Aurora Magazine

Promoting excellence in advertising

Published in Jan-Feb 2019

Dayfresh moves into lactose free milk

Dairyland recently launched a new brand extension for their Dayfresh packaged milk range.

Dairyland recently launched a new brand extension for their Dayfresh packaged milk range, called Dayfresh Lactose Free Milk, a product focused on consumers suffering from lactose intolerance (LI) a digestive problem where the body is unable to digest lactose, a form of sugar found in milk. Catering to a niche market, the product is available only at leading stores in Karachi, Lahore and Islamabad in 200 ml and 1,000 ml SKUs, priced at Rs 35 and 180 respectively.

According to Hina Mughal, Head of Marketing, Dayfresh, about three out of every five Pakistanis report varying degrees of lactose intolerance and the company believed this was an opportune time to tap into this segment.

Pakistan’s milk industry produces about 54 billion litres of milk every year (of which 10% is sold in packaged form). In contrast to global markets, where lactose free milk is enjoying value growth rates of 15% per year, the market here is limited to lactose free products targeted at infants – a segment where lactose intolerance is rare since the body’s capacity to deal with lactose usually declines only as we reach adulthood. As a result, Pakistan’s lactose free milk market for adults is catered by imported brands such as Almarai, Lactaid and a few others – and these constitute the competition for Dayfresh’s new product.


In Pakistan, awareness about health issues related to LI is low coupled with the fact that there is a negative consumer perception about packaged milk with regards to shelf life. The challenge, therefore, will be to educate consumers about the category and create awareness.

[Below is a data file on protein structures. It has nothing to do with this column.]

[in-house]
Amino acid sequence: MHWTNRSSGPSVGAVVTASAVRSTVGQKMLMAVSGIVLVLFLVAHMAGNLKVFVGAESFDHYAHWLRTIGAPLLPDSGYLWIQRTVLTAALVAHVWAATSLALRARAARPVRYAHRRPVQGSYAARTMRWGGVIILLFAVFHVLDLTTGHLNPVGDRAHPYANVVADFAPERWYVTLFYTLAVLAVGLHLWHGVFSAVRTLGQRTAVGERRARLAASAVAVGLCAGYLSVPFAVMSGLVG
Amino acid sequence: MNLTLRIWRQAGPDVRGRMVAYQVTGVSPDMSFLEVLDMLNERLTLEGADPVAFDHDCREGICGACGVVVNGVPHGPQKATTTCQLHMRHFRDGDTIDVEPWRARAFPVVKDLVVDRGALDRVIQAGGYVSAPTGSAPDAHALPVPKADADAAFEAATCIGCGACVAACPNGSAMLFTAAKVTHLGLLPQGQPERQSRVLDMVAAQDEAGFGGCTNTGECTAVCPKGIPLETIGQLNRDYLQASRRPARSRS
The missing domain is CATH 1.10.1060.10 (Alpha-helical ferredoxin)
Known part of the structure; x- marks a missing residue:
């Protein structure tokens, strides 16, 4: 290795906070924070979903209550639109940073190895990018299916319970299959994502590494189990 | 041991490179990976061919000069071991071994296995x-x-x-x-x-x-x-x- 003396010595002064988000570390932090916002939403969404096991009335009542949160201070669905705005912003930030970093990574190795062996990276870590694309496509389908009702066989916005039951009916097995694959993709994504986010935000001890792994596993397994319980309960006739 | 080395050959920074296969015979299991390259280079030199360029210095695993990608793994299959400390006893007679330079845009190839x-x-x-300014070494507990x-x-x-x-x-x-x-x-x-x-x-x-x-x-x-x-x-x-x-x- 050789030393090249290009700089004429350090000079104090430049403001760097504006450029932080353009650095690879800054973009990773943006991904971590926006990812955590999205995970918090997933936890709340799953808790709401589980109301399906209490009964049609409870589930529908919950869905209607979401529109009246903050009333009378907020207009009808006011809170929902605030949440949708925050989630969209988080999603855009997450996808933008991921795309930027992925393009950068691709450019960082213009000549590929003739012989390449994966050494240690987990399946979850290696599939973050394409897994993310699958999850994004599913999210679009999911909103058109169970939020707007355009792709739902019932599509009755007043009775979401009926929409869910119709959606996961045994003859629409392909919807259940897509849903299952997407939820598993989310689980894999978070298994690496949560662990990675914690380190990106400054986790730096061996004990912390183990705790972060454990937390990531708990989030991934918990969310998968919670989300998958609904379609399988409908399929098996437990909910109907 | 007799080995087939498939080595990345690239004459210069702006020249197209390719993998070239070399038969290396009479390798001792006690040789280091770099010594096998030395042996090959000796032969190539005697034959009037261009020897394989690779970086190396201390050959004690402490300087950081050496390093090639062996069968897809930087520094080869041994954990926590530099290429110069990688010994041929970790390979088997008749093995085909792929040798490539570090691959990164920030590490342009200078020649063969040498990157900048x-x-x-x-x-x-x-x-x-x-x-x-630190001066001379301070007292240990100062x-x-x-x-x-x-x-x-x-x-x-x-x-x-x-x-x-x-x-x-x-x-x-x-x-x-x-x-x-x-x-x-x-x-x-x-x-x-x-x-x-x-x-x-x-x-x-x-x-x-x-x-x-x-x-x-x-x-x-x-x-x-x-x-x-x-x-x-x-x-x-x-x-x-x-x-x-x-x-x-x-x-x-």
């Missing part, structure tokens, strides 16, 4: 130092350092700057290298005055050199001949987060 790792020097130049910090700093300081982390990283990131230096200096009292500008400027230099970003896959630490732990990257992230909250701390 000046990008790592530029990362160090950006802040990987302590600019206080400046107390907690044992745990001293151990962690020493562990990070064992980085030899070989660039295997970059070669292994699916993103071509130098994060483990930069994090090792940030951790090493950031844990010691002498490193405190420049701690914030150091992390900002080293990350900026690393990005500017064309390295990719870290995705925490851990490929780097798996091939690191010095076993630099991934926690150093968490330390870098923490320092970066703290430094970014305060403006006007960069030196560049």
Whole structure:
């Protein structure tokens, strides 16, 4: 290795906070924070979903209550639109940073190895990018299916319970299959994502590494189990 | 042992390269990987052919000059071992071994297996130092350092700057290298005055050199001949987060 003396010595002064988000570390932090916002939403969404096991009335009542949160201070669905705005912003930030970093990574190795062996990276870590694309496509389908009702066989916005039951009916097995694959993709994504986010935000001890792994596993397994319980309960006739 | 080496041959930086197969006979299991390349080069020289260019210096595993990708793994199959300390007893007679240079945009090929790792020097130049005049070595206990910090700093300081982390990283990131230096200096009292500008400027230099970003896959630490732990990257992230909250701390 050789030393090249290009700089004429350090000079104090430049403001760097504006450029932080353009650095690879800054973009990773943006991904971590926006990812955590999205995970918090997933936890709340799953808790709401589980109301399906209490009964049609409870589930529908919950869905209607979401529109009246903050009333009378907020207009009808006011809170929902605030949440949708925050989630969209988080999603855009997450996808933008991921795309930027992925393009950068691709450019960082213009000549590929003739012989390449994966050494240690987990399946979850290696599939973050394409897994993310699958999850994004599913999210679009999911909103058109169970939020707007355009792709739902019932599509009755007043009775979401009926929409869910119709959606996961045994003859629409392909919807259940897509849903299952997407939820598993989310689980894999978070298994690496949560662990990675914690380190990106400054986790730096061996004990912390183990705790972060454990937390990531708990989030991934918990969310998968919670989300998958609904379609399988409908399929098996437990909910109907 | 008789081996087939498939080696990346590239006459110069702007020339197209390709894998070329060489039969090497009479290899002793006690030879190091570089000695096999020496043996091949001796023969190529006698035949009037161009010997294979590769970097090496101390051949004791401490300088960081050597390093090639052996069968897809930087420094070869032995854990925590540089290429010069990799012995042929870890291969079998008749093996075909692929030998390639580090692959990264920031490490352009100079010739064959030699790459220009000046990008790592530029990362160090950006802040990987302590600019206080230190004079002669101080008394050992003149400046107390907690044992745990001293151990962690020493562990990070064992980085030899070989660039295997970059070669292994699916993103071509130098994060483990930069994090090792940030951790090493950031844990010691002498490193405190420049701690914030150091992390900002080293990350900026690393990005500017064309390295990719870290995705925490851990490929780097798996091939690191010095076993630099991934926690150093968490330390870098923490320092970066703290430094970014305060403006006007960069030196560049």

Dayfresh believe that their huge farm set up spread over 70 acres of land and their 4,000 plus Australian-bred cows will give them a competitive edge. Their optimism is based on the fact that they were able to secure a five percent market share in the regular packaged milk category within two years of launch. “Imported products are priced at Rs 600 per litre or higher and are not easily available. Moreover, 100% of our milk is sourced from our farms, which gives us traceability at every level. Also, since our farm and plant are located at the same place, the milk doesn’t have to travel long distances and therefore, the chances of bacterial contamination are minimal,” says Mughal.

In her view, the main problem is the fact that in Pakistan, the awareness about health issues related to LI is low coupled with the fact that there is a negative consumer perception about packaged milk with regards to shelf life. The challenge, therefore, will be to educate consumers about the category and create awareness. “We have adopted a two-way marketing approach: the consumer and influencer (doctor). To target consumers, we have engaged brand ambassadors to create awareness at various points of purchase. We are also conducting LI tests at a number of offices and medical universities. We have initiated a Doctors’ Rep Programme, whereby our specialised sales rep teams visit doctors to inform them about the product.”

Mughal adds that the big idea behind the advertising campaign was to feature people who had been forced to give up milk products due to their LI, with a real doctor presenting Dayfresh Lactose Free Milk as the solution to their problems. According to Khalid Naseem, Head of Planning & Strategy, Firebolt63 (Dayfresh’s creative agency), “we used a fairly simple testimonial execution style to bring this idea to life.” Dayfresh is also relying heavily on digital media to create awareness through informative posts and articles.

Dayfresh are confident that the new product will be a success and plan to introduce more dairy products, given the strong growth opportunities in Pakistan’s packaged milk industry.

“In October 2017, DG, Punjab Food Authority, announced that sales of loose milk will be banned within the next five years and this step will help the growth of the entire packaged industry. So far in Pakistan, we only have access to basic products such as milk, flavoured milk and yoghurt. Our goal is to introduce value-added dairy products at affordable prices,” concludes Mughal.